November 2017 |
Just inside the doors of Health Sciences Centre’s Sherbrook Street entrance, a warm greeting awaits staff, patients and visitors coming in from the cold.
Sitting among a group of patients, wearing his signature cowboy hat, Richard St Cyr loudly greets passersby.
“Good morning!” he says cheerfully. Known as ‘Cowboy’ to dialysis staff and patients, St Cyr is the unofficial greeter for the hospital and central dialysis unit.
The group of patients he sits with chats and jokes as they wait to be transported to the sixth floor for morning dialysis. It’s just after 7 a.m. St Cyr shows off a cane he equipped with ice grips that he brought in for another patient.
The 68-year-old has been getting dialysis at HSC for about six years but has had longtime health issues.
Born in Montana, St Cyr was part of a huge family. With nearly two dozen siblings, he says he quickly learned how to fend for himself. He also admits he had a chip on shoulder.
That attitude made bull-riding a natural fit for St Cyr, who grew up surrounded by horses and rodeo.
“I used to ride bronc and bull.” He says it was the excitement of the sport that drew him in. His first ride was terrifying, but not long after, it was something he craved.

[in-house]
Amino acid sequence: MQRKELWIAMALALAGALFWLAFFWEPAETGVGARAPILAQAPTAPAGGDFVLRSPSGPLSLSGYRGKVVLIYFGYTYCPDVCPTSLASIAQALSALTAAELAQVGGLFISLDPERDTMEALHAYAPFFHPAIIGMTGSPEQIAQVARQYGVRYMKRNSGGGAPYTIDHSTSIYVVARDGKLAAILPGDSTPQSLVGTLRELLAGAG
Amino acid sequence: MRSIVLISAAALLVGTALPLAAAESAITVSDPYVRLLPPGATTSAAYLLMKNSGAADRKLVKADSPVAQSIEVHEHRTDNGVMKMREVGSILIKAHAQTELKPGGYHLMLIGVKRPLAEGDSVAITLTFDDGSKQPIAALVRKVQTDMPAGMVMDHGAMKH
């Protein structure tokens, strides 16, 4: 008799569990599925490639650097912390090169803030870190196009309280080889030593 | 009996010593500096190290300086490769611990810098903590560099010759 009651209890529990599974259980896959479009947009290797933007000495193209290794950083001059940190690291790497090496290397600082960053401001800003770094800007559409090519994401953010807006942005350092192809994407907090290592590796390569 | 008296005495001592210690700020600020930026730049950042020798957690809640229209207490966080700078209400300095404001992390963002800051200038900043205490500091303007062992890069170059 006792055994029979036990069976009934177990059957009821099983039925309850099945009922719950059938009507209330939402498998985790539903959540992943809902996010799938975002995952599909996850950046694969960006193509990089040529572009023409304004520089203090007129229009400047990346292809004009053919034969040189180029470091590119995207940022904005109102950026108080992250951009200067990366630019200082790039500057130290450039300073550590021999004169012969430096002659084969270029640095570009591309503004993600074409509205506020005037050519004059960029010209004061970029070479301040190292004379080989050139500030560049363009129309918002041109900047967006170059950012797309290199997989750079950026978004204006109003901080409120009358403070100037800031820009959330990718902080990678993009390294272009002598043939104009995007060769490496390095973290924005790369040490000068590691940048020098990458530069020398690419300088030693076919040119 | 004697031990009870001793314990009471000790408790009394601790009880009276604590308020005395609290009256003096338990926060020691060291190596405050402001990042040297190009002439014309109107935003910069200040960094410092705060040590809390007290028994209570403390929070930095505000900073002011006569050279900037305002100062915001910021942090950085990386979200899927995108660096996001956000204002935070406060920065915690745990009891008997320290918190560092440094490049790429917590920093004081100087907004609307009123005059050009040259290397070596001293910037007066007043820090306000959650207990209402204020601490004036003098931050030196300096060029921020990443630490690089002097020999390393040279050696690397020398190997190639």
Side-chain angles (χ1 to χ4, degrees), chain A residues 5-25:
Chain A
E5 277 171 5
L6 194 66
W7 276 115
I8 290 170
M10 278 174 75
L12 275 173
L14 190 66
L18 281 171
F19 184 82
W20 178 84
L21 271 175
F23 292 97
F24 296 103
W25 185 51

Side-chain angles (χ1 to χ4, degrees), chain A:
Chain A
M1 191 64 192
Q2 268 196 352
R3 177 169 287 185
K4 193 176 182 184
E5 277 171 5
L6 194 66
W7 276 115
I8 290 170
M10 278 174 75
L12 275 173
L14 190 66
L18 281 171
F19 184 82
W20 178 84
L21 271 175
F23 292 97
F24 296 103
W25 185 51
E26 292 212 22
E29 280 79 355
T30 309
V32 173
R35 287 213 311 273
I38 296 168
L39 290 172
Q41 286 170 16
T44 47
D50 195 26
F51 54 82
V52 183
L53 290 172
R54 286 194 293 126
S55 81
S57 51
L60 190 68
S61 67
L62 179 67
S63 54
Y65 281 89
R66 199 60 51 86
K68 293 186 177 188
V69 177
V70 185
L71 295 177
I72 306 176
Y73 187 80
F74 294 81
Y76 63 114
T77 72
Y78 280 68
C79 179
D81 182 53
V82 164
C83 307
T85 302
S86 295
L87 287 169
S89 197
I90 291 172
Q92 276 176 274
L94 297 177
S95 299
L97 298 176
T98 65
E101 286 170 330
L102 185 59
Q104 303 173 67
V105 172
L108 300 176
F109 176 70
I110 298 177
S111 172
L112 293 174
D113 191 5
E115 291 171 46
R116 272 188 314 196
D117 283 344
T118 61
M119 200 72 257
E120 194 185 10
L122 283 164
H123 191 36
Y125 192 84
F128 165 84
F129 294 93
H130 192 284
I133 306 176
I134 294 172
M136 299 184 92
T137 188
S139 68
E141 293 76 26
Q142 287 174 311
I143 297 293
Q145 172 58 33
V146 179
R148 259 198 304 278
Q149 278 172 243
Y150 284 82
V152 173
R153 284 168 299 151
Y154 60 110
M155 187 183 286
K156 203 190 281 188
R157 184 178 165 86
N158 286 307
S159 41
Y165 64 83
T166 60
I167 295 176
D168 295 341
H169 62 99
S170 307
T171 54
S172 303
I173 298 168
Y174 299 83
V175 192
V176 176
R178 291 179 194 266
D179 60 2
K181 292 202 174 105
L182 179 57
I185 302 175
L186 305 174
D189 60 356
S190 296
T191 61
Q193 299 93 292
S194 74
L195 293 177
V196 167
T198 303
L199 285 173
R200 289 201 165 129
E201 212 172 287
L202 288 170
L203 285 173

“When you get on a bronc and you slide your legs down the only thing you are thinking about is what you’re going to get out of it.”
He travelled across the U.S. riding at rodeos but eventually took on stable work as a truck driver. He ended up driving truck in Canada and settled in Manitoba, both in Portage la Prairie and Brandon. With his health failing, he hit rock bottom and wound up homeless, scraping by with little food or money.
“I lost everything,” he says.
He ended up working odd jobs in gravel pits, with road crews and in a mine and got back on his feet. But, eventually, his illness led him to getting dialysis in Winnipeg.
He misses living in a more rural area, having grown up in the country, but tries to make the best of every day. He makes an effort to be positive, which has led him to becoming the unofficial ‘greeter’ before and during his dialysis treatments.
He greets everyone but is not afraid to call out a grump.
“Why walk in with a long face. If you can’t smile – turn around and go home.”
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